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Uprooted by Israel — Abandoned by the World: The Plight of Palestine’s Refugees

Stateless Palestinian refugees, 1948. (Photo provided by Blatant World)
Stateless Palestinian refugees, 1948. (Photo provided by Blatant World)
By Charlotte Silver
Hisham has spent his 23 years in Aida refugee camp in the occupied West Bank. He lives there with his parents, and has watched all but one of his seven siblings grow up, marry and make their own lives and homes.

Living in a camp run by UNRWA, the UN agency for Palestine refugees, Hisham and his family receive basic assistance: a monthly food subsidy, education and medical services. They do not receive the protections to which refugees are entitled under international law.

That much became clear when Hisham tried to move to Canada five years ago.

After his brother, Muhammad, married a Canadian woman, Hisham sought to join them in Vancouver.

Hisham applied for asylum in Canada on the basis that he is a Palestinian refugee. When making his application, he produced a certificate issued by UNRWA. Yet the Canadian government turned down his application, arguing that the certificate was not proof that he was recognized as a refugee.

The episode illustrates how Palestinians are afforded less protection than refugees from other countries, a longstanding problem analyzed in a new publication by the Palestinian refugee advocacy group Badil.

For decades there have been two separate UN agencies for the world’s refugees: one for Palestinians, the other for everybody else. UNRWA is tasked with providing basic services to refugees from Palestine. Issues relating to other refugees are handled by the office of the UN High Commissioner for Refugees (UNHCR).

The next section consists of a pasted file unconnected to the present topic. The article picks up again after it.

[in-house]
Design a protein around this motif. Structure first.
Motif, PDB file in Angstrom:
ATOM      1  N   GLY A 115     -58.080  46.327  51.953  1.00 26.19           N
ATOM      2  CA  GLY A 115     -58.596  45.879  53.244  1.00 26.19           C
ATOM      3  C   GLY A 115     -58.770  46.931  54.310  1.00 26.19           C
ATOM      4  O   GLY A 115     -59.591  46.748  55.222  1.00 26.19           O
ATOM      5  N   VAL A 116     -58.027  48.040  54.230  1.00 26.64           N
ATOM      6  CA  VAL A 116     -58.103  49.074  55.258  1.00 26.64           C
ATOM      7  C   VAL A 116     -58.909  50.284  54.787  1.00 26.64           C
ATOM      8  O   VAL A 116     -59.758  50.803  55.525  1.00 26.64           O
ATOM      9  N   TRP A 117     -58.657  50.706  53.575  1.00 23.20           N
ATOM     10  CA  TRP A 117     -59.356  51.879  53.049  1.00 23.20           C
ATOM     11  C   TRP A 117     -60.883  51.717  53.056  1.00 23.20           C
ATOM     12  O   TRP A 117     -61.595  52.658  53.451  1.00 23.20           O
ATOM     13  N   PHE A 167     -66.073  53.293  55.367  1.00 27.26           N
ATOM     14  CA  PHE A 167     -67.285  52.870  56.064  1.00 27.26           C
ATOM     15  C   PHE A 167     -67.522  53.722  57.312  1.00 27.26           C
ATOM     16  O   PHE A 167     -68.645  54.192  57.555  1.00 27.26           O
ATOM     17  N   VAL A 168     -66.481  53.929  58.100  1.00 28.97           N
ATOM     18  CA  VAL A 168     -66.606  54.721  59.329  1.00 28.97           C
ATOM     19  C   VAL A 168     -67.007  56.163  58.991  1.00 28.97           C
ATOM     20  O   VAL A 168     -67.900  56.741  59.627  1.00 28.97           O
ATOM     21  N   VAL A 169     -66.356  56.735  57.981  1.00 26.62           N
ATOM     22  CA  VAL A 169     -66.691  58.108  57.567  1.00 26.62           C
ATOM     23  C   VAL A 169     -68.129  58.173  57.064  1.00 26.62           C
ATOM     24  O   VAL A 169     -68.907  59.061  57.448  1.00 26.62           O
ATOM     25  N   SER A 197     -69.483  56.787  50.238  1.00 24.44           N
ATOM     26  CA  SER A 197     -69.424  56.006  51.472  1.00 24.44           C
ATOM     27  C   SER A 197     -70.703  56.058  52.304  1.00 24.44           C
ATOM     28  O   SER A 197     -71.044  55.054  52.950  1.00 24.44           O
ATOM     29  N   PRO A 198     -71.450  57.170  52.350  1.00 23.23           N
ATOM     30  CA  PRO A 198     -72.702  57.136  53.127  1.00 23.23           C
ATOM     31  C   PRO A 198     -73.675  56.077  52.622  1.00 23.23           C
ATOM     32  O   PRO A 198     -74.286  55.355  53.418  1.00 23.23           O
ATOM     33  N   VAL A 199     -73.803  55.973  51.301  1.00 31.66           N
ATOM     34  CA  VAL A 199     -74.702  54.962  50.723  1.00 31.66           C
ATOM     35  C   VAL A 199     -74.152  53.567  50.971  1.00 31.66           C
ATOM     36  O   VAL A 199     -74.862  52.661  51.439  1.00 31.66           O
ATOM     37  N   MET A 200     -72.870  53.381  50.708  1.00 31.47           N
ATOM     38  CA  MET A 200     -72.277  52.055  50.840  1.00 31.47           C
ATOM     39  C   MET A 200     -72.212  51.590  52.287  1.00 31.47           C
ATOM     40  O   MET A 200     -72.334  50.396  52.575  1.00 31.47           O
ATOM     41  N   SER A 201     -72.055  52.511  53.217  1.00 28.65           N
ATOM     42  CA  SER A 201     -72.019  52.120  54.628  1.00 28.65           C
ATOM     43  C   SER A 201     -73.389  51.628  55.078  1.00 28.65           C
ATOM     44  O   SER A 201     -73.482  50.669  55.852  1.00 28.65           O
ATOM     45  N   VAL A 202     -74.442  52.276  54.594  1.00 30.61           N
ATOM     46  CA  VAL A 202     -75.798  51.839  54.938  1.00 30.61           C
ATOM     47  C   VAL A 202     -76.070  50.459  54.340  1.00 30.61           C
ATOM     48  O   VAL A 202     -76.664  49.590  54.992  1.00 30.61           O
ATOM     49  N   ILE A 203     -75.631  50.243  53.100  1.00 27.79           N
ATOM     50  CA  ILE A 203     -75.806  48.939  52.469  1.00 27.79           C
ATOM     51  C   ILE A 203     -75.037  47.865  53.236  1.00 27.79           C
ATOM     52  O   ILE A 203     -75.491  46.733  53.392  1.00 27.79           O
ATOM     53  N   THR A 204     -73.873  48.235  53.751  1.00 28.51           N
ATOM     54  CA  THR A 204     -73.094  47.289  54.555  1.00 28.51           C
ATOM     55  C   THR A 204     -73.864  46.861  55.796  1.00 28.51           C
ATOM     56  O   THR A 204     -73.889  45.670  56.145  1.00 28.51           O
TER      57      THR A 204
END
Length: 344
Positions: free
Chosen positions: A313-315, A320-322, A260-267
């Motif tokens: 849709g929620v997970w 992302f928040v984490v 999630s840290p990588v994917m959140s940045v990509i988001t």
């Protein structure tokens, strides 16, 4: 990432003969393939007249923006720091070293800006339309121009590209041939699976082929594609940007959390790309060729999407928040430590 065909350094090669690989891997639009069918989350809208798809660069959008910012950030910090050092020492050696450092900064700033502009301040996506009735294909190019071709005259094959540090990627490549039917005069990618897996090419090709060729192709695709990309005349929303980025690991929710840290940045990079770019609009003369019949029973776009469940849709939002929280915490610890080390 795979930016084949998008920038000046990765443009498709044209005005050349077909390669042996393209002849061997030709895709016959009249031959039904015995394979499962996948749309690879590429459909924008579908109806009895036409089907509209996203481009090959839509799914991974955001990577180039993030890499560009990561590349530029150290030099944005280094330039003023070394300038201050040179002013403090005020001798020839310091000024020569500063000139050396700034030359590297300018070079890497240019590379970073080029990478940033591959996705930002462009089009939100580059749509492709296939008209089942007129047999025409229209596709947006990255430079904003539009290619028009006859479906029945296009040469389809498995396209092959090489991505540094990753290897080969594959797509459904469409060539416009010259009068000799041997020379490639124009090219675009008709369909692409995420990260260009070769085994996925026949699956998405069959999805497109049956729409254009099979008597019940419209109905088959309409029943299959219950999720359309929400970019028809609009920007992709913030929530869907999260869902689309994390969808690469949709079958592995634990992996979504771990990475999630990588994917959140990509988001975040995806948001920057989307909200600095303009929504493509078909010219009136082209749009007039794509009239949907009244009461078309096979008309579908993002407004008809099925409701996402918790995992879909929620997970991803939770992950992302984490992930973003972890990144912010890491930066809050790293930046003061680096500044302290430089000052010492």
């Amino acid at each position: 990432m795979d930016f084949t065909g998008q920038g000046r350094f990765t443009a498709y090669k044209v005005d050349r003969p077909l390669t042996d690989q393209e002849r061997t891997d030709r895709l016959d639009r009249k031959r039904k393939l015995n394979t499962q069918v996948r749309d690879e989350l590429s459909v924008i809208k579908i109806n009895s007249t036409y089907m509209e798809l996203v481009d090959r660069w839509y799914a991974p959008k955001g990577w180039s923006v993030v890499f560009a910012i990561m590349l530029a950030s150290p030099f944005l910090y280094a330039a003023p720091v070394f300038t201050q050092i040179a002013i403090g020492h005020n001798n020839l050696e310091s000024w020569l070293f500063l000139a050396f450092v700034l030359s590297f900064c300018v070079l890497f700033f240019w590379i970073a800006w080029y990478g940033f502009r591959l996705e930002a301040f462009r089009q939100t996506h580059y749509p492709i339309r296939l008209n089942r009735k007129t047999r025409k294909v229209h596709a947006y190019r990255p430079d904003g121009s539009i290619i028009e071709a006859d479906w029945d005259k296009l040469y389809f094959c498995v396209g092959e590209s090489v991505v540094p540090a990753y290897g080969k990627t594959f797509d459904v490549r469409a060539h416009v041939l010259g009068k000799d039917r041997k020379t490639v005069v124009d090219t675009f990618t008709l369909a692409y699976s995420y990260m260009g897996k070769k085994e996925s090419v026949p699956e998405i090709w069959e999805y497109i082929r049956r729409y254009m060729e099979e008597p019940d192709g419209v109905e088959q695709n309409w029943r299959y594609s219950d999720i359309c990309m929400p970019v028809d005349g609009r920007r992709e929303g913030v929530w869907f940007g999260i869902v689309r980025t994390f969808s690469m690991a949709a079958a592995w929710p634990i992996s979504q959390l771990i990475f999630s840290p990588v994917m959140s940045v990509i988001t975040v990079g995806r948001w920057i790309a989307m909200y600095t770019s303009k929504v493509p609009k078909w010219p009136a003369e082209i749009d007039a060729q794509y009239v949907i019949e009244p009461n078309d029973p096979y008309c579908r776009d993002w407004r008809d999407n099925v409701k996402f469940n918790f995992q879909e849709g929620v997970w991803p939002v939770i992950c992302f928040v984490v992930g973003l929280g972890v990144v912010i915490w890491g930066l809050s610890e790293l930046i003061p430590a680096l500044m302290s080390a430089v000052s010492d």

The establishment of two separate agencies occurred at the middle of the twentieth century amid fiery debate. Europe was reeling from mass displacement created by the Second World War. Arab states insisted that a separate agency dedicated solely to Palestinians be formed to ensure Palestinians wouldn’t be lost in the chaos of Europe’s post-war upheaval.

The right of Palestinians to return to their homes was supposed to be guaranteed.
Loss of safeguard

In September 1948, Folke Bernadotte, a Swedish diplomat, recommended the establishment of the United Nations Conciliation Commission for Palestine (UNCCP). One day after making that recommendation, Bernadotte, the UN Security Council’s first mediator in Palestine, was assassinated by the Zionist militia group Lehi.

The UNCCP was tasked with facilitating a permanent solution for refugees via repatriation, resettlement or compensation. UNRWA was to provide essential humanitarian assistance in the meantime.

In the early years, the UNCCP attempted to facilitate the return of some Palestinian refugees and intervened when Israel passed property and citizenship laws aimed at preempting any such return.

But Israel persisted in its refusal to offer any kind of repatriation, and soon the United Nations capitulated. The scope of the UNCCP’s mandate was made narrower as early as 1951.

The UNCCP’s funding was soon reduced, and by 1952 it was left tabulating refugees’ lost property in case Israel agreed to pay compensation in the future.

It finished this massive task by 1964 and all that is known of its work since then is that every year it publishes a one-page report stating “it has nothing new to report.”

The collapse of the UNCCP has meant Palestinian refugees have lost an essential safeguard.

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